The Last Homely Herald: What is is it?

Our goal is simple: publish the Herald each month. The Last Homely Herald is the newsletter of the Plaza Kingdom of Rivendell. It reports on the news of that kingdom, and tries to be representative of the interests and activities of that kingdom.

The editors’ view of that kingdom strongly influences how we present it. With Lae’s blessing, I added a “spin” to the paper: I present it as a “chronicle” or account of the goings-on and interests of Rivendell’s Elves, told from their perspective, and modelled on Bilbo’s Book in appearance. In other words, we strongly encourage contributors to write from the point of view of inhabitants of Middle-earth describing their “world”. However, we recognize that the Kingdom of Rivendell is not entirely set in Tolkien’s world, and that there are OOC aspects to the plaza which can only be reported in an OOC fashion.

The Threefold Goal of the Press

Being a bard, I believe the paper (and bards) serve three purposes. They must inform the reader about the topic, not necessarily covering every aspect, but covering enough to give the reader a basic understanding of it. Articles must entertain a reader so she’ll keep reading. Ideally, articles also inspire/teach the reader, not just telling her what is, but what could be. That’s why I ask contributors to write as if they were in ME— hoping to inspire them, and readers, to embrace more fully the ME environment.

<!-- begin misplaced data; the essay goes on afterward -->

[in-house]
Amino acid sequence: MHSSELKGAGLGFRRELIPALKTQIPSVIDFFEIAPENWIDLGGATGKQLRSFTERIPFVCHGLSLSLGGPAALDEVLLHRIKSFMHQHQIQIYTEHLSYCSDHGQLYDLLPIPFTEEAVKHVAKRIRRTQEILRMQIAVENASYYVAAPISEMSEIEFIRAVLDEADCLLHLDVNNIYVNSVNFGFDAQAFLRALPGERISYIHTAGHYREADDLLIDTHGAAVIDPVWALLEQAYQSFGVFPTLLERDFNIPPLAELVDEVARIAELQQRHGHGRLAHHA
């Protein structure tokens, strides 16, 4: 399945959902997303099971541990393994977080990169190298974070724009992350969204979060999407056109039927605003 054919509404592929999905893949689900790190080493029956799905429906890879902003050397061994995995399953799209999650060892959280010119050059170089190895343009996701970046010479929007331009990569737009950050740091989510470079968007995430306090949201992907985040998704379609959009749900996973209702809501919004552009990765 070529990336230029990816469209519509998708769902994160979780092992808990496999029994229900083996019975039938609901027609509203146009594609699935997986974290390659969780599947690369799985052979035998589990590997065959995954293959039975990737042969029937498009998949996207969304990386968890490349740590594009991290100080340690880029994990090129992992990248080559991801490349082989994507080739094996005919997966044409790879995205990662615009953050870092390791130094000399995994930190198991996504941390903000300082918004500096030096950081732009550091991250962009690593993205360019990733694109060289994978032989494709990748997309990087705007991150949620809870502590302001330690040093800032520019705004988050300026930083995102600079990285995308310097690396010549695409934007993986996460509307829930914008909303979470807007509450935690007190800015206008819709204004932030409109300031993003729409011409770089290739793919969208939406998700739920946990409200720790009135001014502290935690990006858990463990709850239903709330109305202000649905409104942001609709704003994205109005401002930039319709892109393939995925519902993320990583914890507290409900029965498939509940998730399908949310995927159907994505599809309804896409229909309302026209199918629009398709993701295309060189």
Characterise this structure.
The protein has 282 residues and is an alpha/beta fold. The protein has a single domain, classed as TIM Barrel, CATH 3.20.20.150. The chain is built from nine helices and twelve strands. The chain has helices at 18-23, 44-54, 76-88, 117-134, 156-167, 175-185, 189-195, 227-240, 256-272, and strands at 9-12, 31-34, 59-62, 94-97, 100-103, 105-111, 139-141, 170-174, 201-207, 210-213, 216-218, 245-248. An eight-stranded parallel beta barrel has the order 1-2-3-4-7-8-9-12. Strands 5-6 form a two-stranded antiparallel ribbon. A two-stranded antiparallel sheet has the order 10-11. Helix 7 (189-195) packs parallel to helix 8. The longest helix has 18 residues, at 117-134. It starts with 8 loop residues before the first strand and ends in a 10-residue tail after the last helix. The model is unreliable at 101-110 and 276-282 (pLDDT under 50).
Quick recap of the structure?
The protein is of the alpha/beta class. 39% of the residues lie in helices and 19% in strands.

What are we trying to cover?

Who is our target audience?

First and foremost, the members of Rivendell. Secondly, the rest of the plaza: I am constantly trying to explode the idea that Rivendell is a place where people are goofy and “foo-foo”. Thirdly, newbies. The Herald can be a valuable road map for them, explaining and attracting them to various kingdom activities.

Who are our writers?

Members of Rivendell. We seek 1) good writers familiar with the topics, so that we can get well-written articles and 2) to represent our kingdom’s population and give everyone a chance to contribute.

What do we look for in an article?

Something which “brings to life” the topic giving enough relevent detail that even newbie readers can understand and visualize the activity or topic. Again, my three goals are “informative, entertaining, inspiring”. We are not looking for generic praise. We get a lot of “it’s really neat” or “this is an interesting topic” or “everyone should join!” filler that doesn’t, in fact, inform the reader, and is boring to read. It’s like saying ROTK is “cool” instead of describing exactly what about the battle scenes were astounding.

Finally, we treasure brevity, even if I don’t have it. One paragraph for monthly reports, if at all possible, one to three for other things, more if absolutely necessary.

How much editing do we do, and/or what is unacceptable?

I rewrite sentences, cut chunks that are boring and uninformitive, fix capitalization and grammar, and occasionally insert a bit of vital information that wasn’t there. I probably shouldn’t do the latter. What’s unacceptable is raw material lacking the content and information needed to cover the topic, since even rewriting can’t fill in those holes. If it’s so badly-written we’d have to rewrite most of it, that’s no good. If it looks like the author might be able to improve with guidance, I email them back, otherwise I must decide whether the article is a “must have”, in which case I farm it to someone I trust, or whether it’s expendable.

Many thanks to Tinw for the writeup.